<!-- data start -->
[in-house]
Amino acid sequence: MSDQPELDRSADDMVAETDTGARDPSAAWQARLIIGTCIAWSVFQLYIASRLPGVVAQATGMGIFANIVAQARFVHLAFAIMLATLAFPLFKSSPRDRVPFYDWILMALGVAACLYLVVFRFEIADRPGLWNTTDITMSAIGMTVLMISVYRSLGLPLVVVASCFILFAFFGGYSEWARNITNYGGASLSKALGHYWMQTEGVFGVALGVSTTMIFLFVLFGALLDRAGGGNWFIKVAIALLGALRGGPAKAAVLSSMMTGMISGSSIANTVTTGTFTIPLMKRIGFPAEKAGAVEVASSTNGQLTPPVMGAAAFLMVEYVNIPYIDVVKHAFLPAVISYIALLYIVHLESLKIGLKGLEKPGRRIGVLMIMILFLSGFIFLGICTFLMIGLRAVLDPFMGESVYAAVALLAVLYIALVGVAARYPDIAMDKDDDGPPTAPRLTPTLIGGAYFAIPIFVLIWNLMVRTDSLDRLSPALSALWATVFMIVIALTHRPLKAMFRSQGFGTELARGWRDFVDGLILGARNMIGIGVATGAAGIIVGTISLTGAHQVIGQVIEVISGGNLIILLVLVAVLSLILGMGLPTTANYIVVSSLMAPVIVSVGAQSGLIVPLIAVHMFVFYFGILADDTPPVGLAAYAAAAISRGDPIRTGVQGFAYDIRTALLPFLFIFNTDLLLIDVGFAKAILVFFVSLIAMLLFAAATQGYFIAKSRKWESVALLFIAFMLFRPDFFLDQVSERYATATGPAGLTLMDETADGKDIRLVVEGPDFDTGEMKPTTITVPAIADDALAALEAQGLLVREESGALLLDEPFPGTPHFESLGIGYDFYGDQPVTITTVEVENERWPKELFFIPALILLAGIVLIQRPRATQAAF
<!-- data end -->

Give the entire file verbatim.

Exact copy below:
[in-house]
Amino acid sequence: MSDQPELDRSADDMVAETDTGARDPSAAWQARLIIGTCIAWSVFQLYIASRLPGVVAQATGMGIFANIVAQARFVHLAFAIMLATLAFPLFKSSPRDRVPFYDWILMALGVAACLYLVVFRFEIADRPGLWNTTDITMSAIGMTVLMISVYRSLGLPLVVVASCFILFAFFGGYSEWARNITNYGGASLSKALGHYWMQTEGVFGVALGVSTTMIFLFVLFGALLDRAGGGNWFIKVAIALLGALRGGPAKAAVLSSMMTGMISGSSIANTVTTGTFTIPLMKRIGFPAEKAGAVEVASSTNGQLTPPVMGAAAFLMVEYVNIPYIDVVKHAFLPAVISYIALLYIVHLESLKIGLKGLEKPGRRIGVLMIMILFLSGFIFLGICTFLMIGLRAVLDPFMGESVYAAVALLAVLYIALVGVAARYPDIAMDKDDDGPPTAPRLTPTLIGGAYFAIPIFVLIWNLMVRTDSLDRLSPALSALWATVFMIVIALTHRPLKAMFRSQGFGTELARGWRDFVDGLILGARNMIGIGVATGAAGIIVGTISLTGAHQVIGQVIEVISGGNLIILLVLVAVLSLILGMGLPTTANYIVVSSLMAPVIVSVGAQSGLIVPLIAVHMFVFYFGILADDTPPVGLAAYAAAAISRGDPIRTGVQGFAYDIRTALLPFLFIFNTDLLLIDVGFAKAILVFFVSLIAMLLFAAATQGYFIAKSRKWESVALLFIAFMLFRPDFFLDQVSERYATATGPAGLTLMDETADGKDIRLVVEGPDFDTGEMKPTTITVPAIADDALAALEAQGLLVREESGALLLDEPFPGTPHFESLGIGYDFYGDQPVTITTVEVENERWPKELFFIPALILLAGIVLIQRPRATQAAF